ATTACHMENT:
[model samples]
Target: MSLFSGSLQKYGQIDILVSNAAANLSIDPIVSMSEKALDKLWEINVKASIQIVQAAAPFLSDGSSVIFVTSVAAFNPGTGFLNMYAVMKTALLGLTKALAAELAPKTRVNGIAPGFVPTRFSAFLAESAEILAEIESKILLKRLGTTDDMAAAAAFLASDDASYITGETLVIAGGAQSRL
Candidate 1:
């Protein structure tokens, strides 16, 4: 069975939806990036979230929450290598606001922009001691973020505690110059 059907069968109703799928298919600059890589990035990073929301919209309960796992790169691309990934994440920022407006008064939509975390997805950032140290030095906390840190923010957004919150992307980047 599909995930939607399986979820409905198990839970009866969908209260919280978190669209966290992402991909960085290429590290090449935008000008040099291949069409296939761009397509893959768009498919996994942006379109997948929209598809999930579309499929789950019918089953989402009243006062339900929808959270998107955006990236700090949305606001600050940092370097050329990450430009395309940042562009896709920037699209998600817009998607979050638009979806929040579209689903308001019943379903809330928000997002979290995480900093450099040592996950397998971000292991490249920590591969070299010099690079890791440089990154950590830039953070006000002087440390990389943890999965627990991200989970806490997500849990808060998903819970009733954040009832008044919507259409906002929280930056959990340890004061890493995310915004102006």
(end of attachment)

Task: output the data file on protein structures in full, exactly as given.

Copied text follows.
[model samples]
Target: MSLFSGSLQKYGQIDILVSNAAANLSIDPIVSMSEKALDKLWEINVKASIQIVQAAAPFLSDGSSVIFVTSVAAFNPGTGFLNMYAVMKTALLGLTKALAAELAPKTRVNGIAPGFVPTRFSAFLAESAEILAEIESKILLKRLGTTDDMAAAAAFLASDDASYITGETLVIAGGAQSRL
Candidate 1:
């Protein structure tokens, strides 16, 4: 069975939806990036979230929450290598606001922009001691973020505690110059 059907069968109703799928298919600059890589990035990073929301919209309960796992790169691309990934994440920022407006008064939509975390997805950032140290030095906390840190923010957004919150992307980047 599909995930939607399986979820409905198990839970009866969908209260919280978190669209966290992402991909960085290429590290090449935008000008040099291949069409296939761009397509893959768009498919996994942006379109997948929209598809999930579309499929789950019918089953989402009243006062339900929808959270998107955006990236700090949305606001600050940092370097050329990450430009395309940042562009896709920037699209998600817009998607979050638009979806929040579209689903308001019943379903809330928000997002979290995480900093450099040592996950397998971000292991490249920590591969070299010099690079890791440089990154950590830039953070006000002087440390990389943890999965627990991200989970806490997500849990808060998903819970009733954040009832008044919507259409906002929280930056959990340890004061890493995310915004102006």